And if an elevator ever entered the ‘oh shit we’re gonna die’ roller coaster, the bar sure as hell wasn’t going to help Riley survive.

But they tried not to think about that. Sort of. It was kind of hard not to think about it, actually.

The elevator came to a stop, and the doors opened. No oh shit roller coaster this time around, either. Riley stepped out into the hall, letting out the breath they’d been holding on the ride down.

The next inhale caught in their throat. The hall was dead silent. No doctors chatting. No equipment running. No music playing. It was eerily still and sterile.

Riley ran through a quick list of the bad things that could happen down in the basement of Cromwell Labs. Scientist thievery. Ghouls. Flickering lights. Power outage. Zombies. A mugging, surely. Good ol’ fashioned human-on-human homicide.

Or,” Riley whispered, “maybe you’re just crazy and everyone else decided now was a good time for a lunch break, too.” They clutched either side of their lab coat and forced themself to start down the hall. “You aren’t the only person who gets hungry around noon, Johnson.”

They stopped in their tracks as the door at the end of the hall opened. It was to the decontamination chamber that connected to the main lab in Cromwell. Riley couldn’t remember the last time it’d been used, the last time something had been considered dangerous enough or viral enough to require the extra precautions.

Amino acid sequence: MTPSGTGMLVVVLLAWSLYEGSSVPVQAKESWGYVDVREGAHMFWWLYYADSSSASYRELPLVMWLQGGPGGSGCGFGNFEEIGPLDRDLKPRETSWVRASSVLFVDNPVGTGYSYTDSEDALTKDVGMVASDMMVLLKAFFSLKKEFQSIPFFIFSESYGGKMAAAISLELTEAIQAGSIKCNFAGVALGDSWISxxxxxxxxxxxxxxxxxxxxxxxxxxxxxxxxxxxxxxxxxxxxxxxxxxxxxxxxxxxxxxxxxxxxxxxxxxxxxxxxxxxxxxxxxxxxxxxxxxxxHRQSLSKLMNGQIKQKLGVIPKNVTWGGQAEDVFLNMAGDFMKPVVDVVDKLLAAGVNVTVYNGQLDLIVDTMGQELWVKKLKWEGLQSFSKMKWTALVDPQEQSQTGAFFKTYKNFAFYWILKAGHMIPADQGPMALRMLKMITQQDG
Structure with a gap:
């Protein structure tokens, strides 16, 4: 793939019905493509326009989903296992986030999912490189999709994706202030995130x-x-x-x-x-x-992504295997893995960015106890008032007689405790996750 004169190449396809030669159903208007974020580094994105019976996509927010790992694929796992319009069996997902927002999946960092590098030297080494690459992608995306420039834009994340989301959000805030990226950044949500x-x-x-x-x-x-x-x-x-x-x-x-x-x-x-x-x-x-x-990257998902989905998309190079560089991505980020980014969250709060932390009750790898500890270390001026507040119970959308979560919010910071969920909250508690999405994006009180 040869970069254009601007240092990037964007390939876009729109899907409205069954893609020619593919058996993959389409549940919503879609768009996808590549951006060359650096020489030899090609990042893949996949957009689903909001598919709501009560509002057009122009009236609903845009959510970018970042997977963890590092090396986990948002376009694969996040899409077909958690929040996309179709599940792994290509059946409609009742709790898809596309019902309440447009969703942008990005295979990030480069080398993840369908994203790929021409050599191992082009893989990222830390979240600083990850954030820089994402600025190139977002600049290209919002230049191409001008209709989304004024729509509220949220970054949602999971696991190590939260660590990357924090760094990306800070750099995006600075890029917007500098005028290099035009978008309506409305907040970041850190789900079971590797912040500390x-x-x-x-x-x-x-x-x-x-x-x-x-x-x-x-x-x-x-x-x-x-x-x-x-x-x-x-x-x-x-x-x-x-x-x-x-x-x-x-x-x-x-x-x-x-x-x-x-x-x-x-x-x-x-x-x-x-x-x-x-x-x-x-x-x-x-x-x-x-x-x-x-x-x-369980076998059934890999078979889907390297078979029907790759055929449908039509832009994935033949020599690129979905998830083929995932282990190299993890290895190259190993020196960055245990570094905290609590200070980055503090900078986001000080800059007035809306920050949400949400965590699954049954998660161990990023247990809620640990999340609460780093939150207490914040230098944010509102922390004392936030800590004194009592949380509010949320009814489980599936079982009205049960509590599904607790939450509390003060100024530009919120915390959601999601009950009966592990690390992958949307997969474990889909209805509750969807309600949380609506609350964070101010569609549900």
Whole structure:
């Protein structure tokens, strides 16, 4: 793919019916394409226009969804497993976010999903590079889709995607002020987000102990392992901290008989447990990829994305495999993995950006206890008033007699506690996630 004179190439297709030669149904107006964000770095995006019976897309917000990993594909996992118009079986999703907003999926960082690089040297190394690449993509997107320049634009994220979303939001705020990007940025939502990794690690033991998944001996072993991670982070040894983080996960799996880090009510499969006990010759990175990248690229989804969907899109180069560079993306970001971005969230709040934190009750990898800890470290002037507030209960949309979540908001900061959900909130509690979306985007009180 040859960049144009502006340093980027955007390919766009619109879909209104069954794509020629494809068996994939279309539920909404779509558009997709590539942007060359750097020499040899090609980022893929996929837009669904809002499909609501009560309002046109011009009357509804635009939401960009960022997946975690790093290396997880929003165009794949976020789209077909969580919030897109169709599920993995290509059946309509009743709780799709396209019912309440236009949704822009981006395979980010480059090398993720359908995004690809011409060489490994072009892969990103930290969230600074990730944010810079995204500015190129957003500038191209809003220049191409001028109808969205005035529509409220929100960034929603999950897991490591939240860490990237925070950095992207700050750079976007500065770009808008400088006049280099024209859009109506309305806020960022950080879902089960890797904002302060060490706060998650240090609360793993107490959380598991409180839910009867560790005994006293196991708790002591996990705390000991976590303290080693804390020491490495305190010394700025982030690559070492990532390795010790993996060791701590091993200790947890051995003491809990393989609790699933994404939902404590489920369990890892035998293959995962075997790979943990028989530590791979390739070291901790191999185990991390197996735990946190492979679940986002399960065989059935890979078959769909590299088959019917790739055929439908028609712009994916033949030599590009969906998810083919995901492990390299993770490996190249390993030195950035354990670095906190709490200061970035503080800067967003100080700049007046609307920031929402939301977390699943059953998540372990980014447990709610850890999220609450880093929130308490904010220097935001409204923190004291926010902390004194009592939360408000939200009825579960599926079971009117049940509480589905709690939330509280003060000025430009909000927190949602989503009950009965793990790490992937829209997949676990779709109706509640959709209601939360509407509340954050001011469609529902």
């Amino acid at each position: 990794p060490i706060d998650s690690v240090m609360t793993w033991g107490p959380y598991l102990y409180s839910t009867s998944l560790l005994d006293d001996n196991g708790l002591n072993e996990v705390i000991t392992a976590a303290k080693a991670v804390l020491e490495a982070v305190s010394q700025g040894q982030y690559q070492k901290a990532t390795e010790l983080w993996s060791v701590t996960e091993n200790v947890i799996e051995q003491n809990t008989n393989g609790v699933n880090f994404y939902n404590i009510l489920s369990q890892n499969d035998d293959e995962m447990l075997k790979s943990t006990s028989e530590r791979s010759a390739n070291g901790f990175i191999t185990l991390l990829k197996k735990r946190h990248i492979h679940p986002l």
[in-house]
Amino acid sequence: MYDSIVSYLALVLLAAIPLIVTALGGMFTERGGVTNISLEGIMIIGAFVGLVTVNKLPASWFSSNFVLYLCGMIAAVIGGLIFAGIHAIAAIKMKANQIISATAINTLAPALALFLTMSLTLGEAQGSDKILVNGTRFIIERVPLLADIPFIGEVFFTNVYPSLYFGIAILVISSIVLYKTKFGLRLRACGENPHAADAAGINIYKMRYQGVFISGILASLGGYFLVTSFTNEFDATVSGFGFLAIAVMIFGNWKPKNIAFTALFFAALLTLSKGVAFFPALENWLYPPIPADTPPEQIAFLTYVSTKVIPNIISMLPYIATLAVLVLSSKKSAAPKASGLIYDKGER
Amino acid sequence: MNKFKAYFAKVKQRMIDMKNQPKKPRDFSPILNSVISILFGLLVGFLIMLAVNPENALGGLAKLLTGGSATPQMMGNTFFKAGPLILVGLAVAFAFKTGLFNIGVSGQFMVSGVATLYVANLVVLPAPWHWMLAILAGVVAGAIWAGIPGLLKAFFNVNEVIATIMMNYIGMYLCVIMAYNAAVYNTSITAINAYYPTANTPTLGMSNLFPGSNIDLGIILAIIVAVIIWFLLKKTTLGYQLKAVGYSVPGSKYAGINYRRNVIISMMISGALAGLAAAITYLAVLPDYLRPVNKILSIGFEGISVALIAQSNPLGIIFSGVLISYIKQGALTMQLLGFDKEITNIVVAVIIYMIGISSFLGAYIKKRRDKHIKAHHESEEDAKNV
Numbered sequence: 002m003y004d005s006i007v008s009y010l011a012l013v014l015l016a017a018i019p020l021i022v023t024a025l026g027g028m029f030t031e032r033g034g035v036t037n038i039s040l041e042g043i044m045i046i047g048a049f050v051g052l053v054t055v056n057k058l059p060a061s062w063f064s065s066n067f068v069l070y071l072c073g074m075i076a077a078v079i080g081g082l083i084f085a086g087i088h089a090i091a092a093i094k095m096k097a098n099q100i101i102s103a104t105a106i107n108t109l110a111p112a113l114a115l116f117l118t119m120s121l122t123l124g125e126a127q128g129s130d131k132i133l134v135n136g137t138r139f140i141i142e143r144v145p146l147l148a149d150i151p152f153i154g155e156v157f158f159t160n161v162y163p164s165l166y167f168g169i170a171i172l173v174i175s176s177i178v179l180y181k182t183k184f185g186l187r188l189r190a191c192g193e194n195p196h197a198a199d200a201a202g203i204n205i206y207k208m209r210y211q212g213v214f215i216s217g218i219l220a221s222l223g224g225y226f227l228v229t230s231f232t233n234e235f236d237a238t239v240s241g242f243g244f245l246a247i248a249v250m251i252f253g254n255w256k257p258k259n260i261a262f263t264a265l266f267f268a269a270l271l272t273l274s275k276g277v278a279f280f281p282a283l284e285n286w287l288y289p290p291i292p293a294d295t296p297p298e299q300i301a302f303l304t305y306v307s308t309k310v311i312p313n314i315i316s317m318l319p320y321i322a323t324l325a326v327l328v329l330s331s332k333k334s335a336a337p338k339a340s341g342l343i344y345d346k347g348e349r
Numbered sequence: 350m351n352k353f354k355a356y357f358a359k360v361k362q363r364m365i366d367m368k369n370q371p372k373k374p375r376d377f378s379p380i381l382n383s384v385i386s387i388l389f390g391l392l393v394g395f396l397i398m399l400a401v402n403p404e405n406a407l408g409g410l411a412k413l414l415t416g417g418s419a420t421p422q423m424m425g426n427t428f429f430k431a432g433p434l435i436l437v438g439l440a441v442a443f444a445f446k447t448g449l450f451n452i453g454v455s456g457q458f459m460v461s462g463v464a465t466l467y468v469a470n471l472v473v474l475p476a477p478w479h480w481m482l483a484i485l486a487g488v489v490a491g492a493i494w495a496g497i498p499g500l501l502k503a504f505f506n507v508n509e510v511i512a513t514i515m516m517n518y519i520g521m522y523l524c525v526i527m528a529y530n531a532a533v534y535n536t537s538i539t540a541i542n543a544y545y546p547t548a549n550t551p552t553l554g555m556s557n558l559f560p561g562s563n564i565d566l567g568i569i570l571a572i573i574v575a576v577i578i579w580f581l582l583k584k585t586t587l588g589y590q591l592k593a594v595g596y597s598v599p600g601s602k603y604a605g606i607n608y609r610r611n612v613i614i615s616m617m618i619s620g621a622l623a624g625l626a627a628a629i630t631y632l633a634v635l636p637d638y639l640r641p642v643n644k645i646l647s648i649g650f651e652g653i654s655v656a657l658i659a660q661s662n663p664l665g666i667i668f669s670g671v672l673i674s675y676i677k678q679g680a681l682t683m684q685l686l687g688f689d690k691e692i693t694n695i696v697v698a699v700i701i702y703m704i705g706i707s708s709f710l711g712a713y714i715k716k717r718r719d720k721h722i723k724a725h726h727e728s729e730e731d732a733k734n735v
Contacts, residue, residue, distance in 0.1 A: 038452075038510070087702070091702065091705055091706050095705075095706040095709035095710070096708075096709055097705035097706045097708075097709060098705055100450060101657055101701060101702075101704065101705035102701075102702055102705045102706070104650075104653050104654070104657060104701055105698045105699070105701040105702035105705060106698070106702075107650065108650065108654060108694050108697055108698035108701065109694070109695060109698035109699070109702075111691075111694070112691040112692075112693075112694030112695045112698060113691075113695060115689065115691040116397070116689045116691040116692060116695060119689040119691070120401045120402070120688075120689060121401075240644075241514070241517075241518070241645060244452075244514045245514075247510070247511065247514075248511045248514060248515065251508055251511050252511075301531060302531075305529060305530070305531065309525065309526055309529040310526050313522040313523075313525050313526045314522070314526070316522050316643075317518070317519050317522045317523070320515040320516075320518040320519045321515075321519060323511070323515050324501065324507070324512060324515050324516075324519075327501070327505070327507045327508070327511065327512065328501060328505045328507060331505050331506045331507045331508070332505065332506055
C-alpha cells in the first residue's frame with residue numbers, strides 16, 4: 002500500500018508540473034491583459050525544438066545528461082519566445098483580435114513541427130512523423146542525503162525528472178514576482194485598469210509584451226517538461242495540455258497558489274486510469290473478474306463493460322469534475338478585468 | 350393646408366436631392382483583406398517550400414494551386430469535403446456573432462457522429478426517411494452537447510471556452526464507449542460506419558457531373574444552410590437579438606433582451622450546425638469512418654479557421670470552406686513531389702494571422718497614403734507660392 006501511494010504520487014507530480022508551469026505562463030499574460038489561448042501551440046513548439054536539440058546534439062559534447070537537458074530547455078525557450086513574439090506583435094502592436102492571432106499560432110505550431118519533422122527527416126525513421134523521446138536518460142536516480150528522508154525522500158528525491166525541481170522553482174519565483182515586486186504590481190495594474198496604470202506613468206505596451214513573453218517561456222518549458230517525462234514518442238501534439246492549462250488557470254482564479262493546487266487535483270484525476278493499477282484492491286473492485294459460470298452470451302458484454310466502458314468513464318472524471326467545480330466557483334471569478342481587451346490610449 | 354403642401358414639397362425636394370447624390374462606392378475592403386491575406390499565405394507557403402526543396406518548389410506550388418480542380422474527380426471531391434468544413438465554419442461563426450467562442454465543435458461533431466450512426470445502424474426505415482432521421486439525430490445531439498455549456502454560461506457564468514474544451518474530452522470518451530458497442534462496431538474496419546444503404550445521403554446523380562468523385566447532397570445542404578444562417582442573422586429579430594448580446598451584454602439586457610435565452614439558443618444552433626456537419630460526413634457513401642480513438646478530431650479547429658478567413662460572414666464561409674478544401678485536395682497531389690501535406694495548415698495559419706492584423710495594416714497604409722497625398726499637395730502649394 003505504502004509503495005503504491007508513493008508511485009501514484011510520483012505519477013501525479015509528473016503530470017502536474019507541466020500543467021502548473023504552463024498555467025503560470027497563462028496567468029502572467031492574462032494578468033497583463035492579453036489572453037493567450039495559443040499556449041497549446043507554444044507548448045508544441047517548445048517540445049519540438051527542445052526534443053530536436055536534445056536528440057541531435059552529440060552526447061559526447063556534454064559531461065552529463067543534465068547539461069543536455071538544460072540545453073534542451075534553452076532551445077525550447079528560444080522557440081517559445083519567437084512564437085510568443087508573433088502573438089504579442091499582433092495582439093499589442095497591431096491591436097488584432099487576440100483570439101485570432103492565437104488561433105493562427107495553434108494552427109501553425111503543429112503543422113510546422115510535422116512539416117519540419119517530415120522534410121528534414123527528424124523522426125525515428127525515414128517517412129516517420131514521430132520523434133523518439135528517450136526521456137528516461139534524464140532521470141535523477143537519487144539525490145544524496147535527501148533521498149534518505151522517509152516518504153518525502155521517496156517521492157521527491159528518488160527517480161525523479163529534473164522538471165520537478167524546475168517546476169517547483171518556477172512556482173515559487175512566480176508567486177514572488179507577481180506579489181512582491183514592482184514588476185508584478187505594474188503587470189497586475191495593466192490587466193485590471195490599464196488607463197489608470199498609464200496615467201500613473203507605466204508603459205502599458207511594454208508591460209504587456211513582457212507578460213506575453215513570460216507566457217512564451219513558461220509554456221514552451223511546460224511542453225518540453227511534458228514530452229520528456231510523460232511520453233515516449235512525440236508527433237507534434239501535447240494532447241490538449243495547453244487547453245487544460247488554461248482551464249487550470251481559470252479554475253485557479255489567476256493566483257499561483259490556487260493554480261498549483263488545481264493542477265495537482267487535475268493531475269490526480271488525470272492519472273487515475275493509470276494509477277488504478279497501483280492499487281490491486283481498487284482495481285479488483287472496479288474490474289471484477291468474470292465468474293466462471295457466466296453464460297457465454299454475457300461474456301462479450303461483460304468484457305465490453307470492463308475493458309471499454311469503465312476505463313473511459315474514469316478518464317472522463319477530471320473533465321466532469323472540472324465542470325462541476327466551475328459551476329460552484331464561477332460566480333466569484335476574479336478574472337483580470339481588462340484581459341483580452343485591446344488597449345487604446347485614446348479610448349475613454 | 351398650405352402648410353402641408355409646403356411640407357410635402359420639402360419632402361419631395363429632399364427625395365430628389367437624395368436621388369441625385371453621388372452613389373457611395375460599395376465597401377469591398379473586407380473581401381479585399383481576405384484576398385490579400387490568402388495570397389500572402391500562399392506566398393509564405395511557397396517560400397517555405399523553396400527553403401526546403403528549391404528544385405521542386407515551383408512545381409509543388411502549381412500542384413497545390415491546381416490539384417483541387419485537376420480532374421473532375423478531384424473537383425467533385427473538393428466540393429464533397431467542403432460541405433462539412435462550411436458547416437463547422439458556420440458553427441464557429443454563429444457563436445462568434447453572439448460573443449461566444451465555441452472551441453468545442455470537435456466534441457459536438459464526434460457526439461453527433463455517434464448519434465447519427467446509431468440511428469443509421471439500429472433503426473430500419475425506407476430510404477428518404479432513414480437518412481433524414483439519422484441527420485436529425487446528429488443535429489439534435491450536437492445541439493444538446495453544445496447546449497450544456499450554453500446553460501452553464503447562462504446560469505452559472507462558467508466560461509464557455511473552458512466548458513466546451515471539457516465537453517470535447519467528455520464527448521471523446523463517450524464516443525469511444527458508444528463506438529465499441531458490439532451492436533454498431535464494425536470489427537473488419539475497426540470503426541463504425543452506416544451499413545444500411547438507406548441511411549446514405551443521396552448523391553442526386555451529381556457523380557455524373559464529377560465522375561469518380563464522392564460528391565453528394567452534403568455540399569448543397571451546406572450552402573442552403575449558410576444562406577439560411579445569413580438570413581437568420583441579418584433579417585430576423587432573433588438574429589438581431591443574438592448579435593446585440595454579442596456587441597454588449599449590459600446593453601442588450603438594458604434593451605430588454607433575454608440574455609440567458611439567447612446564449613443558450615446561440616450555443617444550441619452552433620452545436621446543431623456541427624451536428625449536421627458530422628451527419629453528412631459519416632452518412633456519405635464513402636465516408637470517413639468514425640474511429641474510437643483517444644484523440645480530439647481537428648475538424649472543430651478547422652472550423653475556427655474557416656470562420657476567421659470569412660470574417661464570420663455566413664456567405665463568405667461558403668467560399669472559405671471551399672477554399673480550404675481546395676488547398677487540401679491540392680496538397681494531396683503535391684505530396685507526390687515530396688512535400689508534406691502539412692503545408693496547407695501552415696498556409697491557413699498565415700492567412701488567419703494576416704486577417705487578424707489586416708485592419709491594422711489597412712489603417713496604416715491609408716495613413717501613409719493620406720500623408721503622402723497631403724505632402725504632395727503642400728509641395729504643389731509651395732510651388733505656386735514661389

Two men walked out of the chamber, assault rifles in hand. Riley backed up toward the elevator, as if being silent and walking away  would keep the men from seeing them in the well-lit hall.

A third man stepped out. He wore the same black suit as the other two, but he lacked the BFG. “Doctor Johnson?”

Riley lifted their head, rifling through their mind in search of any answer that wasn’t acknowledgment. They settled on, “That’s me.”

Which was… so not cool.

The man and his armed goons came down the hall, and Riley did what they could not to shit their pants. “Doctor Johnson, you’ve been chosen for a very important job. You’ll be tasked with creating a vaccine for a new… virus. Disease. Sickness. We don’t care what you call it, so long as you fix it.”

“Did Doctor Murphy put you up to whatever this is?” Riley waved a hand in their direction. “Fake guns to try and scare me out of asking for an assignment of my own?”

“No. Mister Murphy knows nothing about what this assignment is. All he was told was to send you down here to speak with us. End of story.”

Riley shoved their hands into the pockets of their lab coat, hoping it hid at least some of the fear rolling off of them. “If the assignment isn’t from Murphy and it isn’t a joke… then what is this?”

“That would be the U.S. government, Doctor.”

“Oh,” Riley whispered. “What… does the government want with me? I-I mean, why me? I’ve never been a lead scientist on anything in Cromwell. Anywhere, for that matter.”

The guy in the middle–the shorter one, the one without the gun–chuckled, shaking his head. “Your government doesn’t care about which scientist Mister Murphy considers the best or the worst. We don’t care who he deems important. We care about who will do the best at this job. And that’s you.”


“Doctor Johnson, do we have to play this game?”

“Yes, we do. Because… because two of you have guns and just came out of the decontamination lab, and I can’t even remember the last time something we worked on was so dangerous that it was through decontamination.”

The shorter man sighed, but he tried to cover it with a smile. “Can you let me explain on the walk to the lab? You don’t have to go in until we’re done talking.”

Riley forced themself to nod. “I can do that.”